Do we need to tighten voting procedures?

Turnout at yesterday’s local elections is estimated to be about 32 per cent, the lowest for twelve years.  The danger is that this may further encourage demands to make it easier to vote.  We have already introduced procedures to make it easier to cast ballots, not least through postal voting on demand.   Though measures are being taken to prevent fraud, I am not persuaded these are enough and, in any event, I am not sure that making it easier to vote tackles the problem it is designed to address.  There is little evidence that non-voting is a result of the procedures for voting.  If people felt sufficiently motivated to vote, they would vote.  The answer lies with the behaviour and policies of politicians, not with structures and procedures.


About Lord Norton

Professor of Government at Hull University, and Member of the House of Lords
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22 Responses to Do we need to tighten voting procedures?

  1. Dean B says:

    “The answer lies with the behaviour and policies of politicians, not with structures and procedures.”
    Completely agree, and the exact same thing is the answer to calls for PR/AV etc.
    And even expenses reform.
    My question is do you think this attitudinal change will happen? Are there any initiatives in place? Is it recognised in Westminster that change needs to take place? Do politicians recognise how damaging it is, every single time they evade questions, dissemble and break pledges?
    I also think that the media share a lot of blame – these council elections have, as usual, been entirely reported as though they are a national opinion poll, with no mention of libraries, bin collections or double yellow lines.

    • Lord Norton says:

      Dean B: I think we can see something of a change of attitude already among MPs, especially of the new intake, but there is still some way to go to ensure politicians stop engaging in a form of comfort displacement, claiming that the problem is not to do with them but with structures.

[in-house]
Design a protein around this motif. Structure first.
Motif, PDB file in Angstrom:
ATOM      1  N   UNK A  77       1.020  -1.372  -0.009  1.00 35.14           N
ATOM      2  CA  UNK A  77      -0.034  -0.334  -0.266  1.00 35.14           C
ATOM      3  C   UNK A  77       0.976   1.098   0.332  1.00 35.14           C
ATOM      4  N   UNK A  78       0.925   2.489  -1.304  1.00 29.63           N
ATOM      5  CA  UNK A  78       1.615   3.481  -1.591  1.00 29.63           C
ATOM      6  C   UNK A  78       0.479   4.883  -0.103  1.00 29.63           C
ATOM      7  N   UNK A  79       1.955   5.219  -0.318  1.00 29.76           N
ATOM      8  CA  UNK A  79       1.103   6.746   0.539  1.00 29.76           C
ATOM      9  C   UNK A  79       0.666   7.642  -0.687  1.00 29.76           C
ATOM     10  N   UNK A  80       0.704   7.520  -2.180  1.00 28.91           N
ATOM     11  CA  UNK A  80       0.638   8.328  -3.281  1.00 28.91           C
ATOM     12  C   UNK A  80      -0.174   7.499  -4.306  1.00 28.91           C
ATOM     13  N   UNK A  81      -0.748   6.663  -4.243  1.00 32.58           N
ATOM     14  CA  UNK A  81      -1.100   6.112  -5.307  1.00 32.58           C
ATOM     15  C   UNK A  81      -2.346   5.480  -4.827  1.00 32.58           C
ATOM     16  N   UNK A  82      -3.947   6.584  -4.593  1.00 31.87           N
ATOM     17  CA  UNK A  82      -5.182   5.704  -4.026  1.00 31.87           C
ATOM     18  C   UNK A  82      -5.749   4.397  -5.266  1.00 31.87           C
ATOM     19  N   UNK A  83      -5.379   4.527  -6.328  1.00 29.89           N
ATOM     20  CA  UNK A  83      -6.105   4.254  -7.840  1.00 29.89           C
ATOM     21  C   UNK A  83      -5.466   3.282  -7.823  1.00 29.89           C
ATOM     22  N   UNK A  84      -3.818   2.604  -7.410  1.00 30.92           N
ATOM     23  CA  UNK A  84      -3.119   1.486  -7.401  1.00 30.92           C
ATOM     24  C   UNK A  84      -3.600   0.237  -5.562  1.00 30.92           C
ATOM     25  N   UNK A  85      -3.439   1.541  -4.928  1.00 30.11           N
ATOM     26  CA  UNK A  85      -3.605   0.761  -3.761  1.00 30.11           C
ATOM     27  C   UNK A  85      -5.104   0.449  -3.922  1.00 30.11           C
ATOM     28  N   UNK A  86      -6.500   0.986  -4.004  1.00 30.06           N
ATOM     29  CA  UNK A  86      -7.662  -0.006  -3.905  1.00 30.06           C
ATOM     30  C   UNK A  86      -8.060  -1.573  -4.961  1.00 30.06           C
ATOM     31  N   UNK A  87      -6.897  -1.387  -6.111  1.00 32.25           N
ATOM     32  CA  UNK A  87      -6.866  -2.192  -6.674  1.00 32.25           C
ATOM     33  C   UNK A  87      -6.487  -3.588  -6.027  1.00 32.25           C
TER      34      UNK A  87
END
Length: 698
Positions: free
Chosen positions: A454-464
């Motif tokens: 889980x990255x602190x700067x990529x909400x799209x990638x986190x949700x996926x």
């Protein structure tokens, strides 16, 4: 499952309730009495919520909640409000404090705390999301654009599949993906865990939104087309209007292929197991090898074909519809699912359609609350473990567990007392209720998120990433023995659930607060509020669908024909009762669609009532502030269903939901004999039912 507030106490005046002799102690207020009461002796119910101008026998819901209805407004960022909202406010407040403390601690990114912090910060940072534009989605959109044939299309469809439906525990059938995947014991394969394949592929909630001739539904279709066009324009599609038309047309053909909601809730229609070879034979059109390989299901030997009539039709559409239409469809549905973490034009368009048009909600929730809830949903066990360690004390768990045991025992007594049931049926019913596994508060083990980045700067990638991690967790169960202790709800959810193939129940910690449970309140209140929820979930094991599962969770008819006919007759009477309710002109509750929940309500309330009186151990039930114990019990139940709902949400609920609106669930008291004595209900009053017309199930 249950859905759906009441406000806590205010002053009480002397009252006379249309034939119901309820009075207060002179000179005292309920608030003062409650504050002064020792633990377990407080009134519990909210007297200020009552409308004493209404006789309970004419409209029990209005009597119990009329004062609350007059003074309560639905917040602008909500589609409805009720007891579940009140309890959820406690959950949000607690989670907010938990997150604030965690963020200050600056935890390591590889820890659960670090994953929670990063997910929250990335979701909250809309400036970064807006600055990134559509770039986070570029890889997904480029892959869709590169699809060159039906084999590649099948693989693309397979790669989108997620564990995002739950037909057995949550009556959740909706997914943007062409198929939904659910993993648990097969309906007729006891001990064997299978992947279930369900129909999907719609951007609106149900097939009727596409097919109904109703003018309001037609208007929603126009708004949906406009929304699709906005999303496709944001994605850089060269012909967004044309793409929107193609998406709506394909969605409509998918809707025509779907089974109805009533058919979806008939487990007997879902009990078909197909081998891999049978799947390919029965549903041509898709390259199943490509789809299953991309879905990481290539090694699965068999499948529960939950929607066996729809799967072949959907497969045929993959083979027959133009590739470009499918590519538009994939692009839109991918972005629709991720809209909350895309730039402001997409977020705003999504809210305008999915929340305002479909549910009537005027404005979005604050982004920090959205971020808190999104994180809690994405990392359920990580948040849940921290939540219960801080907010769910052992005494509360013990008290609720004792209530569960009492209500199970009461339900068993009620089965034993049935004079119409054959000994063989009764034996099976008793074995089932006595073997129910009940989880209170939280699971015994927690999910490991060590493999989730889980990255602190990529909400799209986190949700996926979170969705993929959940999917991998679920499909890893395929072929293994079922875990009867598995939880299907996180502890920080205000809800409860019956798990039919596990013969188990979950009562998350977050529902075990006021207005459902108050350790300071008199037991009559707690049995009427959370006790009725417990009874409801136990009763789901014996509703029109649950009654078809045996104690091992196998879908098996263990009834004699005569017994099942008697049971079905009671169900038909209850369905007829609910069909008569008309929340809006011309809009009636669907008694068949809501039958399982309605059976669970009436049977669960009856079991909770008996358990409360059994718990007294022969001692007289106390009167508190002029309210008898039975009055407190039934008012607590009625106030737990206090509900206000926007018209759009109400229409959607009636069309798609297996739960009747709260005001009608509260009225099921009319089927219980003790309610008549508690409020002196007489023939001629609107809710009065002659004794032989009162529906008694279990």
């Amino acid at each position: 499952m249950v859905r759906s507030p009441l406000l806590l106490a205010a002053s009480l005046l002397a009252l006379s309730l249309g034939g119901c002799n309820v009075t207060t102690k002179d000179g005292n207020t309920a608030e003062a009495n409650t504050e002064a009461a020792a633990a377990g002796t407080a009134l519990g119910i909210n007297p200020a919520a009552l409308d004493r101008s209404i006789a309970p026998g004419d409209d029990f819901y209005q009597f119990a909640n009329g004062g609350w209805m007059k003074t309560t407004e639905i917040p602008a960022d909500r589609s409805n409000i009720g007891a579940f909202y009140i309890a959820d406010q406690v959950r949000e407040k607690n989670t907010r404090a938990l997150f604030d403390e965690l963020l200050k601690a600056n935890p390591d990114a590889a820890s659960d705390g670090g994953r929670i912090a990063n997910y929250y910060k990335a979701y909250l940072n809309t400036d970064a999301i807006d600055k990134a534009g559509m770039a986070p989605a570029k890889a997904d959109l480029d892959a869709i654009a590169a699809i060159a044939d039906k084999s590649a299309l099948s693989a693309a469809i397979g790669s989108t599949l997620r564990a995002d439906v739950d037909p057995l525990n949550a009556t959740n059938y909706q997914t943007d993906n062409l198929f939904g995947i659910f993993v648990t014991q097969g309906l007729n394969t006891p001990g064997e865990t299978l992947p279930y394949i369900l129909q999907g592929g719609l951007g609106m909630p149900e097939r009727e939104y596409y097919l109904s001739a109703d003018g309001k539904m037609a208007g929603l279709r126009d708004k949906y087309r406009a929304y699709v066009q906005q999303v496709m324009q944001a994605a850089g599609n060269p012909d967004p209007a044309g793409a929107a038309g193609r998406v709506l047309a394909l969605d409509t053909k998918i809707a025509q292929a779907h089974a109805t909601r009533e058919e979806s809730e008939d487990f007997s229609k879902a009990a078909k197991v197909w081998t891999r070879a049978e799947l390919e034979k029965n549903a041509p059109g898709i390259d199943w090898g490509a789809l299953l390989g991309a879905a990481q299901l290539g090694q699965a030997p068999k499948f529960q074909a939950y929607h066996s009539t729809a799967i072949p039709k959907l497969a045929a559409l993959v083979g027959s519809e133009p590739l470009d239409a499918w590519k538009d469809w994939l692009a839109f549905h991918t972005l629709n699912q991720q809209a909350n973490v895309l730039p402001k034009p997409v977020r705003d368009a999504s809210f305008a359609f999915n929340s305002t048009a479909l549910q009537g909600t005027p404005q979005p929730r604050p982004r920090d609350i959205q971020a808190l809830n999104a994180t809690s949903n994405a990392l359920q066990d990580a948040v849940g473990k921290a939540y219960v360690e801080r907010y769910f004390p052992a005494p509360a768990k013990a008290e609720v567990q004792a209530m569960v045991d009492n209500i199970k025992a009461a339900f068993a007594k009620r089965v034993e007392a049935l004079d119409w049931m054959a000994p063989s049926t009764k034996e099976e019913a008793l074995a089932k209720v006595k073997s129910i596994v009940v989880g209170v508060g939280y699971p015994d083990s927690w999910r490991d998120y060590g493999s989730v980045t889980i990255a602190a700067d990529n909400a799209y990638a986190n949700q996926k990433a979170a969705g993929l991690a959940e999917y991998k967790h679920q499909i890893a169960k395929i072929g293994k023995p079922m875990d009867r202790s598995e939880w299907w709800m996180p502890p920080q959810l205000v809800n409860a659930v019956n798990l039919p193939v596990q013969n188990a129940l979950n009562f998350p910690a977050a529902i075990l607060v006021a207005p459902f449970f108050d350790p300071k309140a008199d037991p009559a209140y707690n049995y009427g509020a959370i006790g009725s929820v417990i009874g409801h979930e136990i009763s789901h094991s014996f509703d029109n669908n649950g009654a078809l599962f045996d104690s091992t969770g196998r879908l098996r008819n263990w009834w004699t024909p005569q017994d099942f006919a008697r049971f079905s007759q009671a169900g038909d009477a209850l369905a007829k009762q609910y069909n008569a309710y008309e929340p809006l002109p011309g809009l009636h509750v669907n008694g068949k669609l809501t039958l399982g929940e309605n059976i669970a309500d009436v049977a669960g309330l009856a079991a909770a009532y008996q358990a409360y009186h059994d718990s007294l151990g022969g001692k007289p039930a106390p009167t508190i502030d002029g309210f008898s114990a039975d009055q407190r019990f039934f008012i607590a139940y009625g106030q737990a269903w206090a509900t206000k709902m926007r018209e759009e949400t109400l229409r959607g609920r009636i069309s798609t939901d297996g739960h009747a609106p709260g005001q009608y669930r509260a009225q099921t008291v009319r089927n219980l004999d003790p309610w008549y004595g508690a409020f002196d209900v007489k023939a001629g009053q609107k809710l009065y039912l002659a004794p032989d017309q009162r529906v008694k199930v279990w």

2. Croft says:

    Personally I’d abolish postal voting unless you are over 75 or disabled. It really is not difficult to get to the polling station and it limits a major opportunity for fraud.

    It seems to me the electoral commission needs a serious shake up to restore faith.

    • D F Rostron says:

      Not quite correct, I am 240 miles and one ferry journey from where I vote. But I agree most people are within walking distance.

    • ladytizzy says:

      An excerpt from The Guardian’s recent interview with George Galloway:

      “For example, he is frequently portrayed as a rogue for whom the ends always justify the means – but despite winning 75% of the postal vote in Bradford West, he is campaigning for postal voting to be banned.

      “We are totally against postal voting on demand. Postal votes used to be something you got when you literally could not get to the polls; now they’re available on demand and, once granted, are yours for ever. So large numbers of postal votes are delivered to places where the person no longer is. Large numbers of them are collected, unfilled-in, by these biradari chiefs,” an Urdu word meaning clan seniors. “It’s a kind of ritual that they bring votes to the candidate to show them: “Look, I’m bringing in 20 votes; that’s 20 votes for you – I’m bringing that in.'” How can he be so sure?

      “Well, I know it because they offered to do it to me. Yeah, and I said: ‘I don’t want to see anybody’s vote, and I don’t want you to see anybody’s vote.’ Now, I don’t know that they filled them in, rather than the voter, but it’s a fair inference; it’s a fair inference if someone has got 20 votes in their pocket to take to the town hall, that they were either visibly observing the person filling the vote in – which is wrong, and I think illegal – or filled them in themselves. This happens in Asian areas on a widespread basis, and it is the antithesis of democracy.” Does he think some of his own votes came that way? “It’s possible, because people offered to show me other people’s votes. So I redouble my call for postal voting on demand to be scrapped.””